Mark Watney, who is an astronaut on spaceship Ares 3, is sent on a mission to Mars and left stranded following a storm. His crew thought he was dead after seeing his suit lose pressure, and they made the tough choice to abandon him. He somehow survives, but has to find a way to stay alive until he can be rescued. He has no idea how to contact NASA back on Earth. His food, water, and oxygen will only last so long, so he needs to devise a plan that will keep his alive until help arrives. There’s little room for error, though, and Watney comes dangerously close to disaster on numerous occasions, using “Sols,” or days, to recount his stunning story.
The Martian is a different kind of book, a true science thriller in which math and science play the main role in the plot. Many pages are just Watney’s thoughts, filled with dissecting complex calculations about the planet’s orbit or his calorie consumption.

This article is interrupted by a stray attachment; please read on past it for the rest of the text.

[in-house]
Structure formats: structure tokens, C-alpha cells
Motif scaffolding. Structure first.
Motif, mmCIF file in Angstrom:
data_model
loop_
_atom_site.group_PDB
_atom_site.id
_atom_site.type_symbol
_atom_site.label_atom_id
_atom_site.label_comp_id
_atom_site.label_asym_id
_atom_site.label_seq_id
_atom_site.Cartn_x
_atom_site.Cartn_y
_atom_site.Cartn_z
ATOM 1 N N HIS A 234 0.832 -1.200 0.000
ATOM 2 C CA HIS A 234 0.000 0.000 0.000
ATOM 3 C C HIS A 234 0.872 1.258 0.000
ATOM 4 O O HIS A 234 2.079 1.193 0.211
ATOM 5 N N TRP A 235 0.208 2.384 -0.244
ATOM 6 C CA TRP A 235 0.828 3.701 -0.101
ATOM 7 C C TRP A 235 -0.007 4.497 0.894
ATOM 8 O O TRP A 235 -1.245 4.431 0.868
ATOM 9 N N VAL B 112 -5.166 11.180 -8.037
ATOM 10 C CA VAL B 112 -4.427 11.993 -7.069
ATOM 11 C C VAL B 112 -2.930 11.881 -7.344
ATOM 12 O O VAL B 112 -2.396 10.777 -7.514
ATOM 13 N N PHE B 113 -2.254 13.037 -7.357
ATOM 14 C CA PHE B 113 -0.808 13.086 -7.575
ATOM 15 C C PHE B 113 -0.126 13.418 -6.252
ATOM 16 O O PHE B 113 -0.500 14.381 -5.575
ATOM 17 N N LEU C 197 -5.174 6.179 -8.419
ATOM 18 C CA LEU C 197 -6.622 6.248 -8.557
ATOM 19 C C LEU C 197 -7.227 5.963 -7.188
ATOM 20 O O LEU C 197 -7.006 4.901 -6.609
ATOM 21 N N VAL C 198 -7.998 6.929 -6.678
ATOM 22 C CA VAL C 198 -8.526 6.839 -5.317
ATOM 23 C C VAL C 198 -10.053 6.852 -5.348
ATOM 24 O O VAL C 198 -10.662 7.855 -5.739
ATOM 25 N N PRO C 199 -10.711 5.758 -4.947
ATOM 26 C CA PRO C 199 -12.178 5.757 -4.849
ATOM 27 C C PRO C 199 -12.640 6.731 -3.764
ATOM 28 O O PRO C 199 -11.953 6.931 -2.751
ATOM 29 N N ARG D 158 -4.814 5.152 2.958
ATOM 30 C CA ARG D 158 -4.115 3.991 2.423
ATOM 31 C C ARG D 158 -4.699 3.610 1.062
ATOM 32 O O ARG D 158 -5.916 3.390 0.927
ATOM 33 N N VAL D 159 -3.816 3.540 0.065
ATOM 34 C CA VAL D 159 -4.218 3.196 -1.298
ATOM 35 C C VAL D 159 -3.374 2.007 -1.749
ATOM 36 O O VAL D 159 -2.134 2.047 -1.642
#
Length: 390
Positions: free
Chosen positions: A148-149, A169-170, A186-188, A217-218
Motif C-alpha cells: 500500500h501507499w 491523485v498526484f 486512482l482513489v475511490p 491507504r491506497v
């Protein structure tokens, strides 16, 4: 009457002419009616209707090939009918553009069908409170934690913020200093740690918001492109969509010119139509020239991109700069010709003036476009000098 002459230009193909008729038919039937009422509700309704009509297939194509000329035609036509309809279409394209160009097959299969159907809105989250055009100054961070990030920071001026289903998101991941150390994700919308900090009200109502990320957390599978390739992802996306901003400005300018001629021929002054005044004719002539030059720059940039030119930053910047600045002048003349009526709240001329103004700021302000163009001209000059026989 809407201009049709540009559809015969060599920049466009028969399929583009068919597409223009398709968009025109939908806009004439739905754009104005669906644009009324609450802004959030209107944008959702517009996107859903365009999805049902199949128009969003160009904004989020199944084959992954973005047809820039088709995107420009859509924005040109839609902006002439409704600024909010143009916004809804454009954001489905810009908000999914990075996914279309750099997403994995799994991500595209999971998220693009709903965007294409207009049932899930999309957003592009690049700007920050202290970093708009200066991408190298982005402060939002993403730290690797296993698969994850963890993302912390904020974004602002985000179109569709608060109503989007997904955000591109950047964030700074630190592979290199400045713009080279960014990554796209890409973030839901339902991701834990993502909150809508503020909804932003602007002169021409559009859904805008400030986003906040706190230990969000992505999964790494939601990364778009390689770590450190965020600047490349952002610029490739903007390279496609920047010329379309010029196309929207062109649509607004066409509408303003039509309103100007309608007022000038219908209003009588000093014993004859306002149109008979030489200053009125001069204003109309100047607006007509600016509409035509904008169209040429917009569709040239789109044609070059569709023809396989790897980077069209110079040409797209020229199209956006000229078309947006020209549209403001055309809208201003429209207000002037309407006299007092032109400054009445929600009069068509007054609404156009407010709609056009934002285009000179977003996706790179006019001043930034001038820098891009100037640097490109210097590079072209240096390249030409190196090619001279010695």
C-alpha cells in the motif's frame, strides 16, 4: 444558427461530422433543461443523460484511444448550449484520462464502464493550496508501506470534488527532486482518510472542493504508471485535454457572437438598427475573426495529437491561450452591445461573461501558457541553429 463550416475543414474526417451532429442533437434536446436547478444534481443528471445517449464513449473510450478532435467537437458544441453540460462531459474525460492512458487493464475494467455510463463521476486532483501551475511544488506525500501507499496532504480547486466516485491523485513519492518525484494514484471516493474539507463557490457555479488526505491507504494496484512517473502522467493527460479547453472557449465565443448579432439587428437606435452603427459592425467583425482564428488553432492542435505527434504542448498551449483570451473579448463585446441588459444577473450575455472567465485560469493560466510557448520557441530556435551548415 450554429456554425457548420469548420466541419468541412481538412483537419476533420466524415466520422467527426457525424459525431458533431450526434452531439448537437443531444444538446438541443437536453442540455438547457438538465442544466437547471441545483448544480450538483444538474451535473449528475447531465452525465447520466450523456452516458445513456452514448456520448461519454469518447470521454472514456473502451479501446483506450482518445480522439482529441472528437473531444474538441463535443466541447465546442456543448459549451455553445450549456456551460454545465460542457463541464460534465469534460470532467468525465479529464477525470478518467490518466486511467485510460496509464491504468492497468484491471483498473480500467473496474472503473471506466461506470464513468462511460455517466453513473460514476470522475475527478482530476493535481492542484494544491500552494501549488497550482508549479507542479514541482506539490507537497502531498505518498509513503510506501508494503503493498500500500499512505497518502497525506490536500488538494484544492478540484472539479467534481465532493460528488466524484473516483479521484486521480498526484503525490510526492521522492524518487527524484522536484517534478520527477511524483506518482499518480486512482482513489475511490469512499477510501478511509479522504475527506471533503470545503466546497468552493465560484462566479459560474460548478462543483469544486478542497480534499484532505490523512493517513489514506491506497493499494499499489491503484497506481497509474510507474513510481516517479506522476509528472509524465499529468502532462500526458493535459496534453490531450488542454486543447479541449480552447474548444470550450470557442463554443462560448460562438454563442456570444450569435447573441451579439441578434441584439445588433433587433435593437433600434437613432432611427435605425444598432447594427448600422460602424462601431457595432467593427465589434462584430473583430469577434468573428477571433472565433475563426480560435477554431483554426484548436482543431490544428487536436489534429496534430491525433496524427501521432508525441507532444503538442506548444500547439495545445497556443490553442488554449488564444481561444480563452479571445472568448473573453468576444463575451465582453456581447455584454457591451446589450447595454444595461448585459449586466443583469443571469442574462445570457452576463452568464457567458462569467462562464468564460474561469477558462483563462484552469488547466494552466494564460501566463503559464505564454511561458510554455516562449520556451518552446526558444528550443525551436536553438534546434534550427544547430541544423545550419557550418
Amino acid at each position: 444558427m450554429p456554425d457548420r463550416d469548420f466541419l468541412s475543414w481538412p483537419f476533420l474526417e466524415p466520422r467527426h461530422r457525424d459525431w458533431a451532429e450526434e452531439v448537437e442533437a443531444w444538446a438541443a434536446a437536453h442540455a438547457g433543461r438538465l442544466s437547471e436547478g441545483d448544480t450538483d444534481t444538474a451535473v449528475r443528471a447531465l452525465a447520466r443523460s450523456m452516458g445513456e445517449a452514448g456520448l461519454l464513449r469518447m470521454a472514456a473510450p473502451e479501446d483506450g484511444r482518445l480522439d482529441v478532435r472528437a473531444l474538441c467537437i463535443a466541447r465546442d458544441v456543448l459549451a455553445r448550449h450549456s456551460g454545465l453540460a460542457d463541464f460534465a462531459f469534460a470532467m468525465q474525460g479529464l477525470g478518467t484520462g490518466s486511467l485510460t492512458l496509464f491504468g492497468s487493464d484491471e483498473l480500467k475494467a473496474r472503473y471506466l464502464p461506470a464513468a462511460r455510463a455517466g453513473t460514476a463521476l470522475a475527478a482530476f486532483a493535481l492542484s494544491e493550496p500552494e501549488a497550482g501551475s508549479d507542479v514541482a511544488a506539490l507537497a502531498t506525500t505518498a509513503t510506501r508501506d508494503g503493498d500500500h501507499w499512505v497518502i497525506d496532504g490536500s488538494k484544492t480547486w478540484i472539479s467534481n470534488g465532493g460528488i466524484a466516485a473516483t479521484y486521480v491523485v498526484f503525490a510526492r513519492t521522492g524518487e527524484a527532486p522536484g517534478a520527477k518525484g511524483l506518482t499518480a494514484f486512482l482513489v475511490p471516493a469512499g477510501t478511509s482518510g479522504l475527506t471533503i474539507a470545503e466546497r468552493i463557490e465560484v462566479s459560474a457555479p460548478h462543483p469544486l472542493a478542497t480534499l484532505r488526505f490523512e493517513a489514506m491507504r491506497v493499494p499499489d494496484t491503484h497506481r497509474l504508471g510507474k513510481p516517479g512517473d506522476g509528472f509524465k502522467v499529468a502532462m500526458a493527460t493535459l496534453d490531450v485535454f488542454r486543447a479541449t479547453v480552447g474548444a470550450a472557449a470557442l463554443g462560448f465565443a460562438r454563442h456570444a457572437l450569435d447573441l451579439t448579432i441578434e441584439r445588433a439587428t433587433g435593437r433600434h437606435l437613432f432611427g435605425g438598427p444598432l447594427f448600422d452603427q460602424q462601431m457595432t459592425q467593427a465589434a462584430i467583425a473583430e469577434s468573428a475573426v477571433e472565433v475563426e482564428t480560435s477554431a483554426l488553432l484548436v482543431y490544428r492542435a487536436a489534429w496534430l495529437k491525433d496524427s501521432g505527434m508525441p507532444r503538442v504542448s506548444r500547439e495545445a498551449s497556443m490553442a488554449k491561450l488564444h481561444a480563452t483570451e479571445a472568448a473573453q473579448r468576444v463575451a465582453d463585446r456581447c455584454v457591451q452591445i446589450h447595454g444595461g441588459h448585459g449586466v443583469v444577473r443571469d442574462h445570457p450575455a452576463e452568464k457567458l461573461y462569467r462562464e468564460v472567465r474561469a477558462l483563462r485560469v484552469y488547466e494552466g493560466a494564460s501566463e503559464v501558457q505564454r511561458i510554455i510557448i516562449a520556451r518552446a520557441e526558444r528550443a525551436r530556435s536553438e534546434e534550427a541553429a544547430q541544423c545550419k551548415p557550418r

That doesn’t mean the book was long-winded or boring. It was interesting to see what a person on Mars thinks, as none of us has ever experienced it. Author Andy Weir creates a hilarious character in Mark Watney, who cracks jokes at random times, which keeps the readers entertained. Watney is also easy to empathize with. While no one can relate to his Mars experience, we can all relate to his emotions, and Watney makes it easier to take in the scientific part of the book without becoming overwhelmed.
I would recommend this book to all readers, as it would appeal not only to space travel enthusiasts but also regular people looking for a gripping plot. Although there may be a lot of description, Watney’s wittiness and his Mars adventures keep readers interested and captivated.
Author: Andy Weir
Publisher: Broadway Books
Publication Date: October 2014
Reviewer: Sahil Kurup is a high-school student at St. Francis High School in Mountain View, California.